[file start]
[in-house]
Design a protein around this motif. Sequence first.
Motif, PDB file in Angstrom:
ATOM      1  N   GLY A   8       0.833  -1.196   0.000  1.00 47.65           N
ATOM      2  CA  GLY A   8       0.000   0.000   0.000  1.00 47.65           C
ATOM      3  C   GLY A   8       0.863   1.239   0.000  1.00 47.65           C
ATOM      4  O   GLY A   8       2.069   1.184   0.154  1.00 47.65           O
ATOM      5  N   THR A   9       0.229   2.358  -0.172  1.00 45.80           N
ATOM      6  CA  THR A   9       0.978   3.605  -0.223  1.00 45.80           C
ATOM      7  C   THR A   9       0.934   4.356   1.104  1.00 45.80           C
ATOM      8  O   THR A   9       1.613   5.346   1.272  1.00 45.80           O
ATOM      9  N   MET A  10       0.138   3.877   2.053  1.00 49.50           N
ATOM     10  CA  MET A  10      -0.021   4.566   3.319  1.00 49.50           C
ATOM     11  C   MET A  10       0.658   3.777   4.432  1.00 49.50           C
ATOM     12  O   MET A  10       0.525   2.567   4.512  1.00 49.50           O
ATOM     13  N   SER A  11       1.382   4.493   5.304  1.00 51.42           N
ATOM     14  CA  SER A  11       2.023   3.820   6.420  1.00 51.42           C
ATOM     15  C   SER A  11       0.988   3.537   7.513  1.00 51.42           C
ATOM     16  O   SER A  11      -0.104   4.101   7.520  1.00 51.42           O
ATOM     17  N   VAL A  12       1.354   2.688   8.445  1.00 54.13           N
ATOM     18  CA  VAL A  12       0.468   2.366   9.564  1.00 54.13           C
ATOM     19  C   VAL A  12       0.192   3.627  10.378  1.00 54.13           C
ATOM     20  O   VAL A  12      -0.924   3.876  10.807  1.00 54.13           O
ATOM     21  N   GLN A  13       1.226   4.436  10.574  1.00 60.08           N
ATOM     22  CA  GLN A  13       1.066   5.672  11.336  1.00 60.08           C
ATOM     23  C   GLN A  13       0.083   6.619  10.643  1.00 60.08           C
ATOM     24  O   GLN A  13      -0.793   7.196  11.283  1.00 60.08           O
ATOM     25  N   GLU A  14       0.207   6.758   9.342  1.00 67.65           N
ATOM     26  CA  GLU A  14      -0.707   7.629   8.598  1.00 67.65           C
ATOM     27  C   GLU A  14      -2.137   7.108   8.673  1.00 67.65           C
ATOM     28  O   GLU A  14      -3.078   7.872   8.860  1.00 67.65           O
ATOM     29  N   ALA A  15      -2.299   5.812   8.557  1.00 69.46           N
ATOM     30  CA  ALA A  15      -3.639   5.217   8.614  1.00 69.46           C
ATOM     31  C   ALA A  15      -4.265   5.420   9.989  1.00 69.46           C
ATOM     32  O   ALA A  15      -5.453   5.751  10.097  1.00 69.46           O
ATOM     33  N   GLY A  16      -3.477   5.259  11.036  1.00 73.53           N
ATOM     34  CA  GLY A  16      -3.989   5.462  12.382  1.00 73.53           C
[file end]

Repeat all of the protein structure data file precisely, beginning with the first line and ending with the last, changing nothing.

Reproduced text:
[in-house]
Design a protein around this motif. Sequence first.
Motif, PDB file in Angstrom:
ATOM      1  N   GLY A   8       0.833  -1.196   0.000  1.00 47.65           N
ATOM      2  CA  GLY A   8       0.000   0.000   0.000  1.00 47.65           C
ATOM      3  C   GLY A   8       0.863   1.239   0.000  1.00 47.65           C
ATOM      4  O   GLY A   8       2.069   1.184   0.154  1.00 47.65           O
ATOM      5  N   THR A   9       0.229   2.358  -0.172  1.00 45.80           N
ATOM      6  CA  THR A   9       0.978   3.605  -0.223  1.00 45.80           C
ATOM      7  C   THR A   9       0.934   4.356   1.104  1.00 45.80           C
ATOM      8  O   THR A   9       1.613   5.346   1.272  1.00 45.80           O
ATOM      9  N   MET A  10       0.138   3.877   2.053  1.00 49.50           N
ATOM     10  CA  MET A  10      -0.021   4.566   3.319  1.00 49.50           C
ATOM     11  C   MET A  10       0.658   3.777   4.432  1.00 49.50           C
ATOM     12  O   MET A  10       0.525   2.567   4.512  1.00 49.50           O
ATOM     13  N   SER A  11       1.382   4.493   5.304  1.00 51.42           N
ATOM     14  CA  SER A  11       2.023   3.820   6.420  1.00 51.42           C
ATOM     15  C   SER A  11       0.988   3.537   7.513  1.00 51.42           C
ATOM     16  O   SER A  11      -0.104   4.101   7.520  1.00 51.42           O
ATOM     17  N   VAL A  12       1.354   2.688   8.445  1.00 54.13           N
ATOM     18  CA  VAL A  12       0.468   2.366   9.564  1.00 54.13           C
ATOM     19  C   VAL A  12       0.192   3.627  10.378  1.00 54.13           C
ATOM     20  O   VAL A  12      -0.924   3.876  10.807  1.00 54.13           O
ATOM     21  N   GLN A  13       1.226   4.436  10.574  1.00 60.08           N
ATOM     22  CA  GLN A  13       1.066   5.672  11.336  1.00 60.08           C
ATOM     23  C   GLN A  13       0.083   6.619  10.643  1.00 60.08           C
ATOM     24  O   GLN A  13      -0.793   7.196  11.283  1.00 60.08           O
ATOM     25  N   GLU A  14       0.207   6.758   9.342  1.00 67.65           N
ATOM     26  CA  GLU A  14      -0.707   7.629   8.598  1.00 67.65           C
ATOM     27  C   GLU A  14      -2.137   7.108   8.673  1.00 67.65           C
ATOM     28  O   GLU A  14      -3.078   7.872   8.860  1.00 67.65           O
ATOM     29  N   ALA A  15      -2.299   5.812   8.557  1.00 69.46           N
ATOM     30  CA  ALA A  15      -3.639   5.217   8.614  1.00 69.46           C
ATOM     31  C   ALA A  15      -4.265   5.420   9.989  1.00 69.46           C
ATOM     32  O   ALA A  15      -5.453   5.751  10.097  1.00 69.46           O
ATOM     33  N   GLY A  16      -3.477   5.259  11.036  1.00 73.53           N
ATOM     34  CA  GLY A  16      -3.989   5.462  12.382  1.00 73.53           C